The light bulb really went on for me when I saw the second picture in Post #484. You can see what looks like a solid rock wall that is perfectly flat on top of it. It appears to be a solid block of rock. On top of this big slab of rock is a very small wall, the top of which is a 901 feet. This wall is also shown in the cross-sections on Post #354. So in this area they found competent rock at an elevation slightly lower than 901 an needed this very low wall to keep the top of the emergency spillway consistant. Past this area (the parking lot) the hill goes on up (as can be seen in the backgound of the second picture in Post #484) so they didn't need to extend the emergency spillway any further.

So at the end of construction they had an emergency spillway extending from the main spillway all the way to the hillside, AND there was a shelf of strong competent (solid) rock extending out in front of it for 100 feet (or so.)

The problem is that as the Rock Whisperer pointed out, this rock can weather greatly when exposed to the elements. So over the next 60 years the rock broke down and when the emergency spillway was used for the first time a couple of days ago, the "solid" rock started to erode. It was "solid" 60 years ago when they built the dam and everybody thought it was still good up until a couple of days ago. I sure they were quite surprised when their "solid" rock started to wash away.

I would expect that the work they are doing now is just a patch. When the danger of flooding is over I would expect that they will build a substantial structure in front of the entire length of the emergency spillway to make up for the missing "solid" rock.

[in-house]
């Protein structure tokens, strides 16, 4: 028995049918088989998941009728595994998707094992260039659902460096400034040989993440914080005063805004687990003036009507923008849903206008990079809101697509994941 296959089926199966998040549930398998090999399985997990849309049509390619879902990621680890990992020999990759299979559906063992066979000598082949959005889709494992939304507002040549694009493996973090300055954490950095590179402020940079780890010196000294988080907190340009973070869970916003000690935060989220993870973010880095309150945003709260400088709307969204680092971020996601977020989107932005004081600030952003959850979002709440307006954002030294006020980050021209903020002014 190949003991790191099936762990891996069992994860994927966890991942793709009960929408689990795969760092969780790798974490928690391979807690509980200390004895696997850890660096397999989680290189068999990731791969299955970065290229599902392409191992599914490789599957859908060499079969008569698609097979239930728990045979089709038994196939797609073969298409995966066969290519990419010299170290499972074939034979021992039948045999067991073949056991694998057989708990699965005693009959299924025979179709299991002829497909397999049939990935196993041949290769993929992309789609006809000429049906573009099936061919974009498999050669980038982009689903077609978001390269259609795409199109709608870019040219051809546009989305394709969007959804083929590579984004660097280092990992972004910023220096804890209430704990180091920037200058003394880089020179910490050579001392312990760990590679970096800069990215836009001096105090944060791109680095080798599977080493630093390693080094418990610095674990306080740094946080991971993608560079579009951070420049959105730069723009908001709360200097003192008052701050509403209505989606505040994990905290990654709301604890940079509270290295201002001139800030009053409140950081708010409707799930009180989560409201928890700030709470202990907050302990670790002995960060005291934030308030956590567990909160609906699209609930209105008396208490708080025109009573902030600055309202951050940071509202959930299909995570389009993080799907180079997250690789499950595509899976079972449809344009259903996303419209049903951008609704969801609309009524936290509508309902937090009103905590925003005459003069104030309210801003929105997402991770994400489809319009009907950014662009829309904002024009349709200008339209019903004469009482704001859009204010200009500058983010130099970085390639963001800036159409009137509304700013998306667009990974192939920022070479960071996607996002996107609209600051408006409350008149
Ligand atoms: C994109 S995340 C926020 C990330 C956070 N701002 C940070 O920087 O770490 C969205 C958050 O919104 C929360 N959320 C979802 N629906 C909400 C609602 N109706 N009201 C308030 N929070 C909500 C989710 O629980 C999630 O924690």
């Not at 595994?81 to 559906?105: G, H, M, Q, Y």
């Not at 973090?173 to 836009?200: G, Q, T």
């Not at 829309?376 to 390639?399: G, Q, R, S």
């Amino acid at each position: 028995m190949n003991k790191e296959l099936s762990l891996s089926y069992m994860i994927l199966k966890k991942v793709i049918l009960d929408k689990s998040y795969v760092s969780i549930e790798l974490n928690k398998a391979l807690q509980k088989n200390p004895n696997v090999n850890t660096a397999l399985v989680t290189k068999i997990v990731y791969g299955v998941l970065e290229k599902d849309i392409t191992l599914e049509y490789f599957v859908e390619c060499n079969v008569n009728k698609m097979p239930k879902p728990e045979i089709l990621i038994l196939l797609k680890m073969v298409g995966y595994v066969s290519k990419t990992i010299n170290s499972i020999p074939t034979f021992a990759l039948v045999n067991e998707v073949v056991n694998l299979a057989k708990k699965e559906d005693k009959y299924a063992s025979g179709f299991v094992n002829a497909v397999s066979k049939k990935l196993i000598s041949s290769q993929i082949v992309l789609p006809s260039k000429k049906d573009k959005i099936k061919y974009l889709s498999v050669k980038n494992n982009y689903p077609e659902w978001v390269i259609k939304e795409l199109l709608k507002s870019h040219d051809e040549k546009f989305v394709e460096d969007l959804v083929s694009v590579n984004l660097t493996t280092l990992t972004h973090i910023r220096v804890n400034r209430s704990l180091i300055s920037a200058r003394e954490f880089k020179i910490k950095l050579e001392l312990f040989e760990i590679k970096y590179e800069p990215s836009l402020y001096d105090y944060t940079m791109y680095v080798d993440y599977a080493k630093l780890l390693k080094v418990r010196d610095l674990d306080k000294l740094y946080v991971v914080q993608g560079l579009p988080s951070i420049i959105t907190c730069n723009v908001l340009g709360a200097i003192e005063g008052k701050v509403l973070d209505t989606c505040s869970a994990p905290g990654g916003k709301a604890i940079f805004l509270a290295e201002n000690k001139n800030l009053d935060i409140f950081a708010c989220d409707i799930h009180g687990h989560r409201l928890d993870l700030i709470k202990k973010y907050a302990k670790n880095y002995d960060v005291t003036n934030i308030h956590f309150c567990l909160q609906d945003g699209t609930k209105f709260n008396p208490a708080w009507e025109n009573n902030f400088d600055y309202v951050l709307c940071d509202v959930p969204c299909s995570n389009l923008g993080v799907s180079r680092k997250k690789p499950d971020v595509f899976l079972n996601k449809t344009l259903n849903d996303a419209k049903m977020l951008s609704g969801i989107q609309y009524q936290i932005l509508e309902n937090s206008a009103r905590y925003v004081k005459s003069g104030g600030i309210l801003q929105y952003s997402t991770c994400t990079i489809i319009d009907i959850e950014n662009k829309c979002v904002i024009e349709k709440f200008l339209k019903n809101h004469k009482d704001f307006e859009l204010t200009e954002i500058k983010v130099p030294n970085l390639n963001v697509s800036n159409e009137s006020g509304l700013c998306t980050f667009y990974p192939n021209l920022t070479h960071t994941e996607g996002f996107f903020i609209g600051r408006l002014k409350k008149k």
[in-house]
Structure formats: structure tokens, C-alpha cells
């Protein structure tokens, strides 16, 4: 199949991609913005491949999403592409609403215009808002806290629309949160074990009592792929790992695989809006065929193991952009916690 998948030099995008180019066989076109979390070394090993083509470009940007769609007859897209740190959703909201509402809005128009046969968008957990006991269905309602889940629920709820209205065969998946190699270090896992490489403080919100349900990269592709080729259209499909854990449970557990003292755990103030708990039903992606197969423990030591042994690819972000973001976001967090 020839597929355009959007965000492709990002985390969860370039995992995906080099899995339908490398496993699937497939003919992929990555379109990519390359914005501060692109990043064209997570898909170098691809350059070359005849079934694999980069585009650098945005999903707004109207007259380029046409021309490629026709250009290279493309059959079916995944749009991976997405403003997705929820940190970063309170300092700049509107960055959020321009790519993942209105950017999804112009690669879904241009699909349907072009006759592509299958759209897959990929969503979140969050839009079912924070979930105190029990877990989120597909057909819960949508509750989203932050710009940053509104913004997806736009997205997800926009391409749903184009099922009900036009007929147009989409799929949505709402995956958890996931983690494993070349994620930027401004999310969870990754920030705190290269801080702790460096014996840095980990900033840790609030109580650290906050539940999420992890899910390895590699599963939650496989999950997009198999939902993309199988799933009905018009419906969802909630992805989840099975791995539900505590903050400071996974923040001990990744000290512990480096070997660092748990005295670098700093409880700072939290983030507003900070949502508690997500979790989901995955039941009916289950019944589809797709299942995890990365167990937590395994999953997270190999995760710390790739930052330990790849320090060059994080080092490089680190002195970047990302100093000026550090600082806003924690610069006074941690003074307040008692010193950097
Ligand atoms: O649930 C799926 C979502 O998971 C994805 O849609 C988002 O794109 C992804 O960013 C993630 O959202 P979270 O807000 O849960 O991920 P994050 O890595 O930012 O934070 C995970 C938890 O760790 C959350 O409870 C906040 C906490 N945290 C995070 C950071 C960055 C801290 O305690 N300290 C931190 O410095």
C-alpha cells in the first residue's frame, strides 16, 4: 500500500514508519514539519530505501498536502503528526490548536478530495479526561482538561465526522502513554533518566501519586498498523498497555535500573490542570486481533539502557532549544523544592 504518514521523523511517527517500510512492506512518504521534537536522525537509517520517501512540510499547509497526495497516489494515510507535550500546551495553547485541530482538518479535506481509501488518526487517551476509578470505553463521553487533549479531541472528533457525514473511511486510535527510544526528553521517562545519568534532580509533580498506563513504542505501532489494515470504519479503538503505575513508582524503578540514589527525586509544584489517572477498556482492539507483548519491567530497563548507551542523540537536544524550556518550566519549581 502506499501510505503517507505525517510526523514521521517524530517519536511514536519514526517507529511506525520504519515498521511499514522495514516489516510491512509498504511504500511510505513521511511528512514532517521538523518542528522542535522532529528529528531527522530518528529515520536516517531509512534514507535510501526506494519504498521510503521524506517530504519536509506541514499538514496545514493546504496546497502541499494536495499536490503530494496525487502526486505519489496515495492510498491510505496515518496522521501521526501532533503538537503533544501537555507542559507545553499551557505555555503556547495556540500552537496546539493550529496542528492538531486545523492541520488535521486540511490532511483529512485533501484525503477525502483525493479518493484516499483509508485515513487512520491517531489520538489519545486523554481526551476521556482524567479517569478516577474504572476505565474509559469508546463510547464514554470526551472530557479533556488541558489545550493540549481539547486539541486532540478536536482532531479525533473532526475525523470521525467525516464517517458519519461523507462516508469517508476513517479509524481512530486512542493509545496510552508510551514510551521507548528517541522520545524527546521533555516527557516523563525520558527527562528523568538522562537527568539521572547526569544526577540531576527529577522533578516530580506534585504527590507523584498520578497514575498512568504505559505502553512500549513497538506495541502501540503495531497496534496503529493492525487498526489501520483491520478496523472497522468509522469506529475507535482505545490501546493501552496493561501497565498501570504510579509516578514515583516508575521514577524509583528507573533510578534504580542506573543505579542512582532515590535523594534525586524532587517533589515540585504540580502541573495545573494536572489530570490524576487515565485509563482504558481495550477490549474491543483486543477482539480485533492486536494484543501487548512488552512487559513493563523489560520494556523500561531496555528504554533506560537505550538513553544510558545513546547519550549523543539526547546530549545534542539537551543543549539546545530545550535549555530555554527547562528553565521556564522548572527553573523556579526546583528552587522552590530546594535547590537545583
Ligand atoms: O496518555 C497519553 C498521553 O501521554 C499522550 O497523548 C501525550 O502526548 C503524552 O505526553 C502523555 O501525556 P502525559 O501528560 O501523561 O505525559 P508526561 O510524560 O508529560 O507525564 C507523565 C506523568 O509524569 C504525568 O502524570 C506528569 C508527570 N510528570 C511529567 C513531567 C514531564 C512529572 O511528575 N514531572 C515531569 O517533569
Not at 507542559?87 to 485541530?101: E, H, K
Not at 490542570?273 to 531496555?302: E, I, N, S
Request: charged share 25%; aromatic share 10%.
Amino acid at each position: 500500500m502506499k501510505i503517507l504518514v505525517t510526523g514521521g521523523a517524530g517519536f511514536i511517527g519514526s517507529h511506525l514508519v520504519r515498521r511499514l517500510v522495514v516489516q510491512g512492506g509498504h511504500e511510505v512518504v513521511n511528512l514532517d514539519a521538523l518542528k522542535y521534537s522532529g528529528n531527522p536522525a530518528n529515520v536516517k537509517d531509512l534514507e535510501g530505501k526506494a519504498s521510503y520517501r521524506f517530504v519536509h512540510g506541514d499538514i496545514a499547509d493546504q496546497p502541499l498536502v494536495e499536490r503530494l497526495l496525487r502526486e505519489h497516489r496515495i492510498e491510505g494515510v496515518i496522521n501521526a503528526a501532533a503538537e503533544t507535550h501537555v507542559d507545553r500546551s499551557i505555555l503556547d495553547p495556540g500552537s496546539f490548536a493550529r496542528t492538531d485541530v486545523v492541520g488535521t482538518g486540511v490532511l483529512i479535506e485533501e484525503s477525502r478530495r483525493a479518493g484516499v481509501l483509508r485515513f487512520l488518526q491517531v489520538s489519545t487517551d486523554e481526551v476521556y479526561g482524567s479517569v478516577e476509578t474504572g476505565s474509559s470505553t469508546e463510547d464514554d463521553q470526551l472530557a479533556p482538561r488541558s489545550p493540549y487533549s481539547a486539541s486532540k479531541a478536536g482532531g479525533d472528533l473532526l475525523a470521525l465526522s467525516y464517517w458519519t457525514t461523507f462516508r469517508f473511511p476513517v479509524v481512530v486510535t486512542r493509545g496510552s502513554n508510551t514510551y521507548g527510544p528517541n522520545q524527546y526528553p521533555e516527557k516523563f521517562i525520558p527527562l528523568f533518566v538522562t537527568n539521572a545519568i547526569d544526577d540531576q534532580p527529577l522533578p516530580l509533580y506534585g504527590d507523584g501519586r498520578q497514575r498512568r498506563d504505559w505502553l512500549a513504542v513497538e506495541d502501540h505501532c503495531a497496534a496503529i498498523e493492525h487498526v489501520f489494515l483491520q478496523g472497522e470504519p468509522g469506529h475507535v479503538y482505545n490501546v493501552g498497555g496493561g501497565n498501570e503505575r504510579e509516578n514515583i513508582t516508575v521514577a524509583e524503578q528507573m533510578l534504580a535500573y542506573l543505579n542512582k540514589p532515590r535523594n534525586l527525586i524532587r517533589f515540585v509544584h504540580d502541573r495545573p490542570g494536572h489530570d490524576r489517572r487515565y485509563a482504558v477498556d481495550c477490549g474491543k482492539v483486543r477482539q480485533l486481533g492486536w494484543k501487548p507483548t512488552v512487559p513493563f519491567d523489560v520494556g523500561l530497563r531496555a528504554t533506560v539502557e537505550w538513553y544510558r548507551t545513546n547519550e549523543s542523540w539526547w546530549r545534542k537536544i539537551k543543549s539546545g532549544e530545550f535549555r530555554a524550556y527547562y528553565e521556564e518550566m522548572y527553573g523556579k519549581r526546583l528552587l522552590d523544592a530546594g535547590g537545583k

aczlan

Member
of course the first pic is titled feb14 2016 so who knows when that was taken ... i sorta doubt it went 100yards and just stopped... is all im saying . would love to see some live pics from today.
Look again, the first picture is listed as being from today ("Closeup on the latest DWR photo taken 8:55 this morning", the 2nd picture is listed as being from the 11th ("Appears pretty consistent with this image from Feb 11, so that's good.")...

Aaron Z
 

JCL

New Member
Croyle mentioned Cranes that were setting up at the base of the Dam to load barges into the river to dredge sediment, any updates on that? Any photos at all? Probably not, it's hard to get photos these days, no one has a camera on them....
 

T Glen Garrett

New Member
of course the first pic is titled feb14 2016 so who knows when that was taken ... i sorta doubt it went 100yards and just stopped... is all im saying . would love to see some live pics from today.

The MAIN Spillway erosion has tracked all the way to the dirt path just below Power Lines, in 4 days ... 5 ?
They will have to start dumping into the AUX, to save the MAIN ...
And it is going to dump rain Thurs., Friday, & Monday ! Maybe 10 inches ... more than 5 !

Do the math ... Oroville watershed is 3,600 square miles ...

This IS the MOST epic train wreck I have ever watched !
 
Last edited:

smfrnz

New Member
I feel like it's almost impossible to not get continuous periscope feeds or random images/videos of events like this. Does no one in the area really care to post that stuff, as all that's on Youtube is mainly fake looped 'live' streams. Do they have this area pretty sealed shut to the public currently?
 
Last edited:

stuart little

New Member
Last edited by a moderator:
Status
Not open for further replies.

Related Articles

Top